RE4 isn't a survival horror in the vein RE1, 2, or 3 are survival horrors. Leon Kennedy is a walking tank, as I said earlier, and so the horror part gets cut out, but Capcom made this game just as thrilling and intense as the previous RE games, if not more so. Now you don't have to worry about running out of ammo, but you do have to worry about fending off mobs of enemies. Mostly these encounters are merely intense; they keep you on your toes and keep your heart rate up. Most of your deaths won't be caused by the villagers of the game, though, but during boss fights or instant death encounters. The game manages to give you healing items right when you need them, and it always provides you with enough ammo unless you're a terrible shot. Adding Ashley to your group only adds to the excitement, and parts with her tagging along are very well done she doesn't get in the way and she doesn't act like a stupid NPC. I was worried about how Capcom would deal with using her with Leon, but they did a commendable job. You won't likely find an action game, or any game, that will keep you as tense and exhilarated as RE4.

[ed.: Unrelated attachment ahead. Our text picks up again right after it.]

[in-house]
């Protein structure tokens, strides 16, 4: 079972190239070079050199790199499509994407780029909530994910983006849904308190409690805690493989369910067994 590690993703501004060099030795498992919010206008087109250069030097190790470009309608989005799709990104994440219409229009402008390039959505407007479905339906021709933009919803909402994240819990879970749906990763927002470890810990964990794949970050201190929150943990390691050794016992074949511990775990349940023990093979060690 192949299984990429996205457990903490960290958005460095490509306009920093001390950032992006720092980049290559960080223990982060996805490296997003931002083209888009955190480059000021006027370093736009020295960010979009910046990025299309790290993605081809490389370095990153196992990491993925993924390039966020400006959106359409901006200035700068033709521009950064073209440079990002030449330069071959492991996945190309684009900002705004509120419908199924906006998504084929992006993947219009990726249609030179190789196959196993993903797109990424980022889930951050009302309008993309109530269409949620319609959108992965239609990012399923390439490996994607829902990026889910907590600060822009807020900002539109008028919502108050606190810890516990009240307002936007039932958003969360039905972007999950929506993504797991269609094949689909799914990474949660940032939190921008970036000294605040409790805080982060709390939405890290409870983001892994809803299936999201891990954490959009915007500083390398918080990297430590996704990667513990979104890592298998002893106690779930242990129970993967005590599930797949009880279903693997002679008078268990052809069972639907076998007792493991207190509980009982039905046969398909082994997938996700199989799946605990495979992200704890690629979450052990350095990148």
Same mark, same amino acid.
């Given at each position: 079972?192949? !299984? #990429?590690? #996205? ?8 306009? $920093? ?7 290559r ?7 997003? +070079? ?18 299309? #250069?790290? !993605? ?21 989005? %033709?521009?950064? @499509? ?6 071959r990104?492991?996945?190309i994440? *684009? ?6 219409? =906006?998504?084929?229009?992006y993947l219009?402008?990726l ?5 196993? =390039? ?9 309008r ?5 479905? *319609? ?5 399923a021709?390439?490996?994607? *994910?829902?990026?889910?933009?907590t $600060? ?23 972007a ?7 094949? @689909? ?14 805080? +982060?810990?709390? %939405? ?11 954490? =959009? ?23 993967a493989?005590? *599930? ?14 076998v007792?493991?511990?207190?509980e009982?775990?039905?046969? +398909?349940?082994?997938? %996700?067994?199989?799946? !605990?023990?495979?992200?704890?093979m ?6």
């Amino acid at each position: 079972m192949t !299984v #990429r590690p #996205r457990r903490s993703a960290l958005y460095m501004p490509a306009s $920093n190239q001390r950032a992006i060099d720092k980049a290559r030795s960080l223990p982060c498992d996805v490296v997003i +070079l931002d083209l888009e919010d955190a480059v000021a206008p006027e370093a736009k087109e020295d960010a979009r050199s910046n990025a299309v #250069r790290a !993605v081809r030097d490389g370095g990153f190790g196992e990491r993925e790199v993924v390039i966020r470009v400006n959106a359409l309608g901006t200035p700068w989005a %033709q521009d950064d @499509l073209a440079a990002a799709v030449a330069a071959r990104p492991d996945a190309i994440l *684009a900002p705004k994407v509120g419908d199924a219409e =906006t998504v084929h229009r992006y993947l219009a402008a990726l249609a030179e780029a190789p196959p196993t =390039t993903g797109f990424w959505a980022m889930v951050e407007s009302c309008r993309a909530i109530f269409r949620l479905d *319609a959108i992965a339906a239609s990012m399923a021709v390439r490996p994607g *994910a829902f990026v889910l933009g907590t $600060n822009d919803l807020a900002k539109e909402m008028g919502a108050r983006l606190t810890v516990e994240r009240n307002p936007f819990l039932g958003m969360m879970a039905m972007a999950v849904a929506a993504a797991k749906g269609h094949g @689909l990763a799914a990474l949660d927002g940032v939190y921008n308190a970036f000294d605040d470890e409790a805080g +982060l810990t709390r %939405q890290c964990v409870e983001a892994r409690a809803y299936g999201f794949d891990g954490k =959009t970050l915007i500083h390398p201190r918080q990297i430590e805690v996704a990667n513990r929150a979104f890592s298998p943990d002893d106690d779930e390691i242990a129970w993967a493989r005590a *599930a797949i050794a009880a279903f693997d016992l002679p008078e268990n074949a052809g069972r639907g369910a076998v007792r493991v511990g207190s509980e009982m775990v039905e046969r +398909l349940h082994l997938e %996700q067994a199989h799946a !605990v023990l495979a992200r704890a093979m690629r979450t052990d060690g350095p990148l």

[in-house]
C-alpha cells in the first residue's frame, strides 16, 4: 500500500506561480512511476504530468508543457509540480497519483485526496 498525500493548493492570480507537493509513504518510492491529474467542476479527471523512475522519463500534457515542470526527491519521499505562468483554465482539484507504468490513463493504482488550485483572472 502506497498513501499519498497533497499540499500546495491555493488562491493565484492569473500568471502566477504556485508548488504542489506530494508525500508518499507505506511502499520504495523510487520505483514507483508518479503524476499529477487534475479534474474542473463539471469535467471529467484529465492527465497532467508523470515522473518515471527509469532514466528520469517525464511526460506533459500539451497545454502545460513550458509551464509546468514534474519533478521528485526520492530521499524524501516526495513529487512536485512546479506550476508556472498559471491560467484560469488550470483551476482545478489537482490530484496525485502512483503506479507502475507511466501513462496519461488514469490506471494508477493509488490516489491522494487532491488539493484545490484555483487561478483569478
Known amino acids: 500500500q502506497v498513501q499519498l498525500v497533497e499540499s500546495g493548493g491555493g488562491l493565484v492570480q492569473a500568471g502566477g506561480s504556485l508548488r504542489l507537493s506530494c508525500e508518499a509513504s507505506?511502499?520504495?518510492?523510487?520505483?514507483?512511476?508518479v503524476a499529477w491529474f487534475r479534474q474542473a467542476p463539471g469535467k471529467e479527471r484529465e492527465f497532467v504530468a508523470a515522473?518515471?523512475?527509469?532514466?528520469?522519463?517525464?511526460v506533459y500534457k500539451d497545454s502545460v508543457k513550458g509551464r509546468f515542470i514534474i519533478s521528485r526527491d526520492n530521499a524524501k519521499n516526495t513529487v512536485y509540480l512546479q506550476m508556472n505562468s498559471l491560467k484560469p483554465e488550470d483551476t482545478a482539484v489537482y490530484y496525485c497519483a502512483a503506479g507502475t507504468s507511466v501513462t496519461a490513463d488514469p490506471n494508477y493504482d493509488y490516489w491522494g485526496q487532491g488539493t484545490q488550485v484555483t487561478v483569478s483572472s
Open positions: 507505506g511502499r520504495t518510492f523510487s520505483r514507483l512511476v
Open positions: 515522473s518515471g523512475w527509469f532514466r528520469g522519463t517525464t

Balance is key in any game, and RE4 strikes a perfect balance in its gameplay. Every weapon, except for those weapons that are stronger versions of another, serves a purpose. Pistols come in handy as quick, mid to short range weapons; shotguns serve their purpose in close range fights with large groups of enemies or when you just need to keep an enemy back; the rifle is helpful for the long range; sub-machine guns are welcome against large groups or for pounding large bosses; and magnums are lovable for their sheer firepower, but their lack of ammunition balances out their power. All of this allows for a little bit of strategy during trigger-happy moments. Money is well-balanced as well, as Capcom doesn't give you so much you can buy and upgrade everything relatively quickly, but they give you enough to satisfy your purchasing needs. The best games know how to balance gameplay, and also know when to give you nifty toys for your pleasure, and RE4 does just that.
Shooting segments are very enjoyable. Leon's over the shoulder view makes aiming hard, so Capcom gives the gamer a laser pointer so you can see what you're aiming at. Hit locations, while technologically cool, serve a purpose gameplay-wise, as you can knock an opponent down with a knee shot, or knock a weapon away with a hand shot. Boss fights are fun and refreshing most bosses are unique and most aren't too repetitive to fight. Along with the usual villagers, Capcom throws in some interesting enemies that are much harder to take down, such as the Regenerators.